Folk instruments for beginning players, travelers, and music educators

"Amazingly good sound."
-- Mother Earth News

National Public Radio story on Backyard Music Dulcimers.

Third graders build Backyard Music Dulcimers in Dallas.

We've designed our instruments and instrument kits to be as affordable and as easy to assemble as possible - without sacrificing any playability. As musicians, we build harps, dulcimers, and banjos of a quality that we ourselves enjoy playing at home, around the campfire, and in the classroom. Many Backyard Music instruments become lifetime companions for the people who buy or build them.

Unlike many low-cost models, our instruments have:

  • Great Action
    Action refers to the distance between the string and the frets/fingerboard. If the action is too low, strings buzz. If the action is too high, the instrument is unnecessarily difficult to play and sounds out of tune when played up the neck. We carefully adjust the action on all our assembled, and look over each and every kit we send out to make sure that it will easily assemble with good action.
  • Geared Tuners
    All our banjos and dulcimers use geared tuning machines with a 14:1 gear ratio. This makes the tuning process smooth and easy. Our tuners won't slip, so once the strings stretch out our instruments generally stay in tune. Good geared tuning machines are expensive, so many inexpensive instruments use inferior friction pegs or geared tuners that slip. Low quality tuning pegs make tuning difficult (especially for novice musicians), and it's no fun for anyone to try to play an instrument that keeps going out of tune! Our harps use the standard zither pins and nylon harp strings spaced the usual distance apart.
  • Great Intonation
    If fret and bridge placement isn't exact, an instrument will play out of tune no matter what you do.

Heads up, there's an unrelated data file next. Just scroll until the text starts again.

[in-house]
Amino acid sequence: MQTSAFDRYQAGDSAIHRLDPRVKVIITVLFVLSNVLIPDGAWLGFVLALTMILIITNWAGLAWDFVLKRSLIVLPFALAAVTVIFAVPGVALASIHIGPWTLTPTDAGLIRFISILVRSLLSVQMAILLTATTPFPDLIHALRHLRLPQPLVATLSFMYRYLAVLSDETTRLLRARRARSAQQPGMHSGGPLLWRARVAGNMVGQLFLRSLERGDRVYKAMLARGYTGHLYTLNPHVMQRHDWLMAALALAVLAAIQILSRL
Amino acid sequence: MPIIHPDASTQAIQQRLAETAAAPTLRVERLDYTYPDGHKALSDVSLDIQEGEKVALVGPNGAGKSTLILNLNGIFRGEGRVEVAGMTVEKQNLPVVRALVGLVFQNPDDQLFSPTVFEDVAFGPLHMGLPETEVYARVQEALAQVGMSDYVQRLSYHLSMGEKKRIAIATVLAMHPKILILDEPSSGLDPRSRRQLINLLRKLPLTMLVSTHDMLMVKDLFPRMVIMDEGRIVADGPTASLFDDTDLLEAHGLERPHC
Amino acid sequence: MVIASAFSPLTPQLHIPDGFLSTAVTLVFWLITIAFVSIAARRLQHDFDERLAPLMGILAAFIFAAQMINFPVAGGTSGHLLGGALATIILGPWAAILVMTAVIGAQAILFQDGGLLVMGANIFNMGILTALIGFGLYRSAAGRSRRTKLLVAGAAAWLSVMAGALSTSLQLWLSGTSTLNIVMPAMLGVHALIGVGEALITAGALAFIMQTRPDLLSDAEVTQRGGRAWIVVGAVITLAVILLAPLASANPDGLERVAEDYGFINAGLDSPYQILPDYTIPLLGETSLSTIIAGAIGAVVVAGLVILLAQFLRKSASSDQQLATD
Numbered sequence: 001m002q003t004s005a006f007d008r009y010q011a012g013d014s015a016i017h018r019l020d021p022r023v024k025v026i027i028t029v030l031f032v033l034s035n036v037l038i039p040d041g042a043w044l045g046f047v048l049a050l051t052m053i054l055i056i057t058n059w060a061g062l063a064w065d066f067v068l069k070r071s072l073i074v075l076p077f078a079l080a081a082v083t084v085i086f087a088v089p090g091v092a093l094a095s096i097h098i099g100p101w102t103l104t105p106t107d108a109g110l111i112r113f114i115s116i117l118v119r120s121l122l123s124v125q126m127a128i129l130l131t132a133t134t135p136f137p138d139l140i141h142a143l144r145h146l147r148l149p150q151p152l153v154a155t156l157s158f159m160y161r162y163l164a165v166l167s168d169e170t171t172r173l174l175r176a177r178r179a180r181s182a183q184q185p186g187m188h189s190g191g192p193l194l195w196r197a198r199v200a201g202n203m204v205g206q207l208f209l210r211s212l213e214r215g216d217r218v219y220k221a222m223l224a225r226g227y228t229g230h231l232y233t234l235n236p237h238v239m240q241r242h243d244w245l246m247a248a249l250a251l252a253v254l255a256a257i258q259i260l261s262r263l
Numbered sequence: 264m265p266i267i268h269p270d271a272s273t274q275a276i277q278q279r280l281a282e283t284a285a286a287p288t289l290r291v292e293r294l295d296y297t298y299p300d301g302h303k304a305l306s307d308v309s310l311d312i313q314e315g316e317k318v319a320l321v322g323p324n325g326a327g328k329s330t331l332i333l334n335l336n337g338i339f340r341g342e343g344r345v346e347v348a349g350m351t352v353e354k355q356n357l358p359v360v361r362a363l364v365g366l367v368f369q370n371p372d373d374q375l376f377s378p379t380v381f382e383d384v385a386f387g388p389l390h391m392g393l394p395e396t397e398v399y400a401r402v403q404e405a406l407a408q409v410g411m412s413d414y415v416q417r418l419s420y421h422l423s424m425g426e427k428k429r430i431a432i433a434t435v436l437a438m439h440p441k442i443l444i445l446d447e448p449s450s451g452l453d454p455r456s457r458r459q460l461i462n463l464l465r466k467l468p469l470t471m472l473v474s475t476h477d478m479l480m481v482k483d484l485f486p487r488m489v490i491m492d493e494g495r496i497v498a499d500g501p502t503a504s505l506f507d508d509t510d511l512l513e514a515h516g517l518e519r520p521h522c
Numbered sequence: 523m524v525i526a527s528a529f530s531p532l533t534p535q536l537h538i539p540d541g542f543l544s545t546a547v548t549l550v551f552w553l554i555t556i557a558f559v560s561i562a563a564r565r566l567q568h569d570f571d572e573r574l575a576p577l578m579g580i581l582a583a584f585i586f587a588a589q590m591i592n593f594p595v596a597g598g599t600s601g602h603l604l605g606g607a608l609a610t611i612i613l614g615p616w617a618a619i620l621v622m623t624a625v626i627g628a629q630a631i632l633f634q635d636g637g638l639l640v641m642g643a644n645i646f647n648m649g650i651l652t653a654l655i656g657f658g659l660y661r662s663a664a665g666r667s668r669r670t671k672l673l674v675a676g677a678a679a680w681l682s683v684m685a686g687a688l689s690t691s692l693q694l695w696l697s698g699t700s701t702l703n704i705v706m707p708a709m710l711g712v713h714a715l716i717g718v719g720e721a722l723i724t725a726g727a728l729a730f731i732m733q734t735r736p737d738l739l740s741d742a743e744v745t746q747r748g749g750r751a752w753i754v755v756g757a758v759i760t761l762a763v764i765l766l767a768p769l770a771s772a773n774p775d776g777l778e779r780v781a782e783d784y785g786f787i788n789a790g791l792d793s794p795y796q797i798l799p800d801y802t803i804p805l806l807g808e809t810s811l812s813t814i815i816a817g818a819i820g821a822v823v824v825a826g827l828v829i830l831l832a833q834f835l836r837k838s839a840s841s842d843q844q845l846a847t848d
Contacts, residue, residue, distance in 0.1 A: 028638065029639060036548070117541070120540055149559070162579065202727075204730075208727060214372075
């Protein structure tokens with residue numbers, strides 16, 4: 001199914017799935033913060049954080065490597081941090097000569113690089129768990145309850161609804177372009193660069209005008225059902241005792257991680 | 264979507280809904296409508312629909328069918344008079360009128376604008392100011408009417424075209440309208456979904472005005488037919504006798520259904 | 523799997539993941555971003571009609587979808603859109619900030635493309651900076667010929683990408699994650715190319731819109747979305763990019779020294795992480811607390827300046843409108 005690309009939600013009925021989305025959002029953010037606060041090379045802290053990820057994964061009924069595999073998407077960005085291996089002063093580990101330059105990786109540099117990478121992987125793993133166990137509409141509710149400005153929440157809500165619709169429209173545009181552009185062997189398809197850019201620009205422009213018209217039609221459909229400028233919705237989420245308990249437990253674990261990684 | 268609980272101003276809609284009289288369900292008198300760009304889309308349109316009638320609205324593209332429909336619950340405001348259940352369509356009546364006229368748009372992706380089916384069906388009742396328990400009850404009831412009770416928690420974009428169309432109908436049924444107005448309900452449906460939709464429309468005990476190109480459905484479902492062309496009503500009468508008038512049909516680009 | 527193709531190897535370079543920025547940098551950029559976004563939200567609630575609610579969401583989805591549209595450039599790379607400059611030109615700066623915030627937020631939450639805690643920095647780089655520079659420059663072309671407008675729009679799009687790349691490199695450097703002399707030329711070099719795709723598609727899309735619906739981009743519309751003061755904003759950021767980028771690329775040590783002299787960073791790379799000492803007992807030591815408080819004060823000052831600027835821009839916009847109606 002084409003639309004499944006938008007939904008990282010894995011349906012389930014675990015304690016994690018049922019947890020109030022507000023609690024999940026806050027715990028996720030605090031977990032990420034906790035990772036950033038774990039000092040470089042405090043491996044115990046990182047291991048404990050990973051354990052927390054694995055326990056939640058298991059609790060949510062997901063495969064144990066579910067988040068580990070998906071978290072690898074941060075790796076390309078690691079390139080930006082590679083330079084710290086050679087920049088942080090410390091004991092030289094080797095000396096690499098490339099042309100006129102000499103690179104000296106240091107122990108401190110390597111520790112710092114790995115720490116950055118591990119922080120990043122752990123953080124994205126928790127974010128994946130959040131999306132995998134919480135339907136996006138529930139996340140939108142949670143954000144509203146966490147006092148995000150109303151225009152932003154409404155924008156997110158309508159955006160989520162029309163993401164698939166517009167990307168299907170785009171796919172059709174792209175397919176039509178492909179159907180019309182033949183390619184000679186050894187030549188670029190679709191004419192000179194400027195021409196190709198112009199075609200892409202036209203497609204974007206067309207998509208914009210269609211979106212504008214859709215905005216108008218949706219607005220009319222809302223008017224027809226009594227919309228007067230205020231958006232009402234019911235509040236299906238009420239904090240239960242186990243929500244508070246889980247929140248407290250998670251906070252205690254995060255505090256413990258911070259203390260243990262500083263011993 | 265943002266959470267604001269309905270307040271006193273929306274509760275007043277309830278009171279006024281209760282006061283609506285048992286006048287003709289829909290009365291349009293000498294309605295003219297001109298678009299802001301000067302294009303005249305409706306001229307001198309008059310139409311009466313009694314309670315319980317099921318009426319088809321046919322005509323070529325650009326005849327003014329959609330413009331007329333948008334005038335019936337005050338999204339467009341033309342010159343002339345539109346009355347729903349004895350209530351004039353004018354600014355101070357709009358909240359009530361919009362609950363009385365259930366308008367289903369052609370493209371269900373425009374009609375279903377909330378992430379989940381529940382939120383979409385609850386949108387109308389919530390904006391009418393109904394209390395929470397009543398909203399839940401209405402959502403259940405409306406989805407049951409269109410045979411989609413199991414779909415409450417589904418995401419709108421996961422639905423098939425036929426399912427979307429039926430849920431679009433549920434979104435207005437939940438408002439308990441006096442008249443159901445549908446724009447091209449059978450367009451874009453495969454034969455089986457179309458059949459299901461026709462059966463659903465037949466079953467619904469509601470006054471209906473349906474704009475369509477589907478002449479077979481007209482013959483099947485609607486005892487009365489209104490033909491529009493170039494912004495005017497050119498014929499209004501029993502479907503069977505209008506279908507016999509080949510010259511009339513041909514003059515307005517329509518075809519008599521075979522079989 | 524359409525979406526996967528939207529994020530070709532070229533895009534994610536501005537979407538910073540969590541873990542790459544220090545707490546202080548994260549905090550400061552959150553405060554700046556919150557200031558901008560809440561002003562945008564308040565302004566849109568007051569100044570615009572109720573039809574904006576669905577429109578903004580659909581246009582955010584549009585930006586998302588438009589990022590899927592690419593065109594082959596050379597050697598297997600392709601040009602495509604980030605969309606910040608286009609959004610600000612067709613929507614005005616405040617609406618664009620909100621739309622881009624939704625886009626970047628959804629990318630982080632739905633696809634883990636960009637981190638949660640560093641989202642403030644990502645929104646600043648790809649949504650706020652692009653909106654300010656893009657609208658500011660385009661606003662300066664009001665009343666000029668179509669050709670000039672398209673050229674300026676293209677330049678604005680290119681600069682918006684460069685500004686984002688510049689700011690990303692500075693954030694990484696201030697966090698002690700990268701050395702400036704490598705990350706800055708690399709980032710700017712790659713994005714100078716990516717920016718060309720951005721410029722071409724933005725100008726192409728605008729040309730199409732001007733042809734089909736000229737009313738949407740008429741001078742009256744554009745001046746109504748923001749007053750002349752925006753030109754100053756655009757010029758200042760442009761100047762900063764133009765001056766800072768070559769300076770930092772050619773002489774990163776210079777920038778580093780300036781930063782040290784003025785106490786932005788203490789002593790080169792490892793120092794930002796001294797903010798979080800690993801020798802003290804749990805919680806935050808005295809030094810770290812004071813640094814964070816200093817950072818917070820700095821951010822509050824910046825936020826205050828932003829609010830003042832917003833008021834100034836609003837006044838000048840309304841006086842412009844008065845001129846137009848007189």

• Wood that won't bow under string tension
    Over time, string tension can cause wood to bow or warp. This is particularly likely to occur when cheaper soft woods are used. We use Nicaraguan mahogany for our banjo necks and dulcimer fretboards, and maple for our harp frames. Treat them right and our instruments will last you a lifetime.

To keep costs low and the building process simple, we make a few material substitutions that don't affect playability. For example, our dulcimers and harps have hollow soundboxes made of corrugated cardboard. Why cardboard?

  • Cardboard is acoustically responsive
    Tear apart your stereo speaker and you're likely to find a cone of cardboard around an electro-magnet.
  • It's strong
    Wooden soundboxes can crack when exposed to sudden temperature change or extreme humidity (low or high). Cardboard is nearly impervious to weather conditions. When painted, it can even get a little wet--the water will bead up and you can wipe it away. With their folded edges and trapezoidal shape, our soundboxes are very strong. If you knock your instrument off the table it might get a small dent or crease, but the top won't split. In some classrooms, a set of our dulcimers is still going strong after twenty plus years of near constant use. Occasionally, schools that ordered a few decades ago get ready for replacement bodies. They tear off their old soundboxes and we send them new ones to glue back on--cardboard doesn't cost a lot!
  • It's lightweight
    Light instruments are a big plus for travelers, backpackers, itinerant music teachers, and elementary school children. Out banjos and dulcimers weigh less than two pounds each.
  • It's easy to assemble
    Paint it, fold it along the creases, and glue it up with Elmer's glue. A class of 30 5th graders can build their dulcimers in a few hours. Our harps and banjos are also designed for quick and easy assembly.